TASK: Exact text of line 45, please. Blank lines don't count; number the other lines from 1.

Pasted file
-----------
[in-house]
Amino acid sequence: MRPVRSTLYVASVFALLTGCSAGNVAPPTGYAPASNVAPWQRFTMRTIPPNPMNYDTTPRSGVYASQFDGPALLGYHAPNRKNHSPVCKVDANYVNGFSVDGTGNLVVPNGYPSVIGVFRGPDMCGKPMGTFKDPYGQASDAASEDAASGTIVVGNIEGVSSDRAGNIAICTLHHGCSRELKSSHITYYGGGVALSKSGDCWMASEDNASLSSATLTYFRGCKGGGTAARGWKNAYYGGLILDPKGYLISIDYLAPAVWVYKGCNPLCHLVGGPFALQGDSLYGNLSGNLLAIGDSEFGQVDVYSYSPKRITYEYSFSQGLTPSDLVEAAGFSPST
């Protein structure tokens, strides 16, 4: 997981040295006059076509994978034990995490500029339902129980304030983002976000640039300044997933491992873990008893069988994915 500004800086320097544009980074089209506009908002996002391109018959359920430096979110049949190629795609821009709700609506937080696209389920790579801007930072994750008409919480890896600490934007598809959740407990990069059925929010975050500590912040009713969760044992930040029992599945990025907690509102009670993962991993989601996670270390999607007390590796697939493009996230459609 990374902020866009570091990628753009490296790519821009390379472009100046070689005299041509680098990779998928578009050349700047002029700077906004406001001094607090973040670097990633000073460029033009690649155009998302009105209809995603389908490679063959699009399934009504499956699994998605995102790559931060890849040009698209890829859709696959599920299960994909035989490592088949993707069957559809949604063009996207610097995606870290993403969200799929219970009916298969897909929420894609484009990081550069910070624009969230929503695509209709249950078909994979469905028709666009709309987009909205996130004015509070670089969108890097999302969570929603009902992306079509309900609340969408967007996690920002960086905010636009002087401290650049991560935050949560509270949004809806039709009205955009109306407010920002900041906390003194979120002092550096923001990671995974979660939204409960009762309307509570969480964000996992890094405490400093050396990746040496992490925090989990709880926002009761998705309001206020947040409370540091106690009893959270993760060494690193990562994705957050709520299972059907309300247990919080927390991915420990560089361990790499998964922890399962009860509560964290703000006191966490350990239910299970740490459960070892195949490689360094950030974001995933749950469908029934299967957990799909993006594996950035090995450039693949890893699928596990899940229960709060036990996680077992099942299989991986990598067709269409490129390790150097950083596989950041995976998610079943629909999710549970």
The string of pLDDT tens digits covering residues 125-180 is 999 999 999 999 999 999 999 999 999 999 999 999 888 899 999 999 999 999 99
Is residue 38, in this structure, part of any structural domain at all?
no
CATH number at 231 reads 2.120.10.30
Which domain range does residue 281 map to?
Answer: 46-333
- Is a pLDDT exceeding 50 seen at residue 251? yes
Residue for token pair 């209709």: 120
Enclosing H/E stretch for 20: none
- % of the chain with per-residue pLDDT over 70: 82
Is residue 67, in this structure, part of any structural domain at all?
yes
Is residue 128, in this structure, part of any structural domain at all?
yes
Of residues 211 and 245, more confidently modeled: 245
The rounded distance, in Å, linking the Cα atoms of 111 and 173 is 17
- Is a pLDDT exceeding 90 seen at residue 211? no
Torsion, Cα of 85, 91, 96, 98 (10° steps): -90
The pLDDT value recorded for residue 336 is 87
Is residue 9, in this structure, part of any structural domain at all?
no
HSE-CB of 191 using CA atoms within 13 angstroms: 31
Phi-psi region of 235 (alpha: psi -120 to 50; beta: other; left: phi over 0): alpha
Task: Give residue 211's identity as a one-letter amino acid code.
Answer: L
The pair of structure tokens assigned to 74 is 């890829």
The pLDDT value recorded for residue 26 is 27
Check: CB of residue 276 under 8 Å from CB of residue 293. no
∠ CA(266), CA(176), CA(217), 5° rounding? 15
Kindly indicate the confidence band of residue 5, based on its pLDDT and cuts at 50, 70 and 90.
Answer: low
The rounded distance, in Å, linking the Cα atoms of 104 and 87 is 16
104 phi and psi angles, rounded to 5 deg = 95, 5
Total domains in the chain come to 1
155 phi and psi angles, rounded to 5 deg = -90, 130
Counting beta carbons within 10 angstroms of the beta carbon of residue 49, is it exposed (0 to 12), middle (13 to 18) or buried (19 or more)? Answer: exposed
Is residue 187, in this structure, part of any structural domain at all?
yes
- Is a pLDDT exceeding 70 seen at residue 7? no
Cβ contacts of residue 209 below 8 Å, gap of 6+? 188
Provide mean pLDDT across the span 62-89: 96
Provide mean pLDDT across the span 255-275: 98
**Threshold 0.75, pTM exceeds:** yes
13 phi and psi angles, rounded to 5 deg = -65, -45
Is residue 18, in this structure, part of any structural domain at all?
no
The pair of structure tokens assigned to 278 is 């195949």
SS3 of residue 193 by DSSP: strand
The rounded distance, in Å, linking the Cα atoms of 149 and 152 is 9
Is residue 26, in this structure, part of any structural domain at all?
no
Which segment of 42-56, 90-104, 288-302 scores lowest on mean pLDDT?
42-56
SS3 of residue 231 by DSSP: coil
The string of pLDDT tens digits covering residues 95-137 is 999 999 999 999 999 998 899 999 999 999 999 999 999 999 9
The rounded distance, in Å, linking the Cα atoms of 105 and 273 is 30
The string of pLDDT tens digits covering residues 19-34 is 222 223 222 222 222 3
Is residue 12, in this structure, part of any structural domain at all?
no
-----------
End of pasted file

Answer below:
Provide mean pLDDT across the span 255-275: 98